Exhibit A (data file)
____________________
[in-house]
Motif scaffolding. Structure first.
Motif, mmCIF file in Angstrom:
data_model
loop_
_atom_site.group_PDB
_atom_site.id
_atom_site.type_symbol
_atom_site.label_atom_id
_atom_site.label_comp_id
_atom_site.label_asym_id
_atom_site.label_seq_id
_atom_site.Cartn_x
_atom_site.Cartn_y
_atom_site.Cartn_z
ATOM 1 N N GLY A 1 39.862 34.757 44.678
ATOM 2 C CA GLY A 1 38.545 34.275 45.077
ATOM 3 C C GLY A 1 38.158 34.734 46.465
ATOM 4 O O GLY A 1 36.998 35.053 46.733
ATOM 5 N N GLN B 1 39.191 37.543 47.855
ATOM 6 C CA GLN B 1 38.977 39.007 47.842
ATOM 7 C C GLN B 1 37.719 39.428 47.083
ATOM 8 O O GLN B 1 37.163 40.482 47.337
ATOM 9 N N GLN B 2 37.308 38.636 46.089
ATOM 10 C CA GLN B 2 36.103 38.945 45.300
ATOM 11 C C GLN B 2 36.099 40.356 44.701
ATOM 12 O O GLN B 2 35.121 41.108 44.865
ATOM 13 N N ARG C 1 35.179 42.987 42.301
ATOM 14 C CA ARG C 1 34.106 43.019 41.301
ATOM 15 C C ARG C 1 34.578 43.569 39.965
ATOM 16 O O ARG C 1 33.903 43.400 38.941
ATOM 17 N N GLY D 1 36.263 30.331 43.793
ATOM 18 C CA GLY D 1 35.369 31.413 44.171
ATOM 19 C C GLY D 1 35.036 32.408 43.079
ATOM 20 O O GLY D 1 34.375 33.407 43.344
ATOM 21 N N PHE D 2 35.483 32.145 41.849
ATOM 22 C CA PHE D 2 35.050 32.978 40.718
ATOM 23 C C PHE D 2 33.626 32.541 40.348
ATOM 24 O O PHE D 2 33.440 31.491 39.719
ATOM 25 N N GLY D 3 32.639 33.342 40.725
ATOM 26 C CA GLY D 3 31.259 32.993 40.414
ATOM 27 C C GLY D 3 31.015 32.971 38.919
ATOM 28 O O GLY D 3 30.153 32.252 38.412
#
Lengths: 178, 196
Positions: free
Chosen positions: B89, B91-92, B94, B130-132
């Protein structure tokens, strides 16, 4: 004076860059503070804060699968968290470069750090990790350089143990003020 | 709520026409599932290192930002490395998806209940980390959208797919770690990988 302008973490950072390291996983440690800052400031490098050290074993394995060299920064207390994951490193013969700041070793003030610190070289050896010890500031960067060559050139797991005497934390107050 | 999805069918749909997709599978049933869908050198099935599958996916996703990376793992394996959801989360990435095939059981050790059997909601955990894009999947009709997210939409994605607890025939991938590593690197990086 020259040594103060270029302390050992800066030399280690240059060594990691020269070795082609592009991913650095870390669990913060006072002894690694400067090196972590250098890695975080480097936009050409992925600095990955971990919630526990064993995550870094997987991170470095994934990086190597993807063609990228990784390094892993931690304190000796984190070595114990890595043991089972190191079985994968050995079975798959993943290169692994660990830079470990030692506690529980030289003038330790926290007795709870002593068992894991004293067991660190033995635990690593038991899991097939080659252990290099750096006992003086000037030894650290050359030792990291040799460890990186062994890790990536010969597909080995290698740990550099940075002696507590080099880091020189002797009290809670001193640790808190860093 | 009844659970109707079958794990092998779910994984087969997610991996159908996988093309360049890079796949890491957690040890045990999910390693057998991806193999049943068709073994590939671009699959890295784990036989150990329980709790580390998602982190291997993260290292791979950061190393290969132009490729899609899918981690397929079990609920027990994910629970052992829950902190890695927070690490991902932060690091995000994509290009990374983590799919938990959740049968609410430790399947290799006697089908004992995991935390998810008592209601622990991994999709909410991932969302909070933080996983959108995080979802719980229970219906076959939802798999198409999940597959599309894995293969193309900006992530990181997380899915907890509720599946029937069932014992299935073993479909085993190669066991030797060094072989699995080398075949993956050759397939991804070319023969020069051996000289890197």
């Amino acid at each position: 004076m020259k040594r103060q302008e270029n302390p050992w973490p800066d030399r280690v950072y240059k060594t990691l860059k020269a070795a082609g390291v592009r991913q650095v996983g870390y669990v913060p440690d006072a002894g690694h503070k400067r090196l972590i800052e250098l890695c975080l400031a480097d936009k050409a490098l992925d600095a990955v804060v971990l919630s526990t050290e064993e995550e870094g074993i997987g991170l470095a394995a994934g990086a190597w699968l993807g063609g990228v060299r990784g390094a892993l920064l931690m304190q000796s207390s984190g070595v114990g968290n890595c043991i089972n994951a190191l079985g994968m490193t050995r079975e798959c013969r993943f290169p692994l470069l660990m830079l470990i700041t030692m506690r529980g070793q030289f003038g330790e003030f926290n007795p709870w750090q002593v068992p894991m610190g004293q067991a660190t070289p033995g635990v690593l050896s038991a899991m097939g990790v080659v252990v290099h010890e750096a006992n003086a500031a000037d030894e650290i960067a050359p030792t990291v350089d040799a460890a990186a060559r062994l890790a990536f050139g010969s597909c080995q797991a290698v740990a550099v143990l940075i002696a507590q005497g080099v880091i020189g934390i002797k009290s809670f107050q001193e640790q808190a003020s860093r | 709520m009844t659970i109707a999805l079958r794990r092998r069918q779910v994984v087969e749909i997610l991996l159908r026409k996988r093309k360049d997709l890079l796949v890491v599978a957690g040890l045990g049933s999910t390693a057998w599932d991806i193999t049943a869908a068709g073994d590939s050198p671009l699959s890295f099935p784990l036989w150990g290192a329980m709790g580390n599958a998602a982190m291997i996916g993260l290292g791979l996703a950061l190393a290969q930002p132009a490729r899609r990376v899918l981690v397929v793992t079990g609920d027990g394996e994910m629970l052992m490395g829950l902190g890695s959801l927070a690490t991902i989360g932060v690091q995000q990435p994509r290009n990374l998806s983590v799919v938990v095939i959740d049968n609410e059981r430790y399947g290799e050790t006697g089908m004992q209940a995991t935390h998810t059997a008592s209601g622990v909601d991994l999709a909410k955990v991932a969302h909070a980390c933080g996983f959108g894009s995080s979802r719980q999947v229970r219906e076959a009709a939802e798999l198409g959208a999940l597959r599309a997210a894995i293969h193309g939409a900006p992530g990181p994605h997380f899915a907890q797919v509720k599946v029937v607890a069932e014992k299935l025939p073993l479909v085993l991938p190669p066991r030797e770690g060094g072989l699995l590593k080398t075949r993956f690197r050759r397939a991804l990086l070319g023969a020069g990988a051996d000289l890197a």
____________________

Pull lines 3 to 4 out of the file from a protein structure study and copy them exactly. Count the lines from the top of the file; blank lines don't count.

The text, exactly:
Motif, mmCIF file in Angstrom:
data_model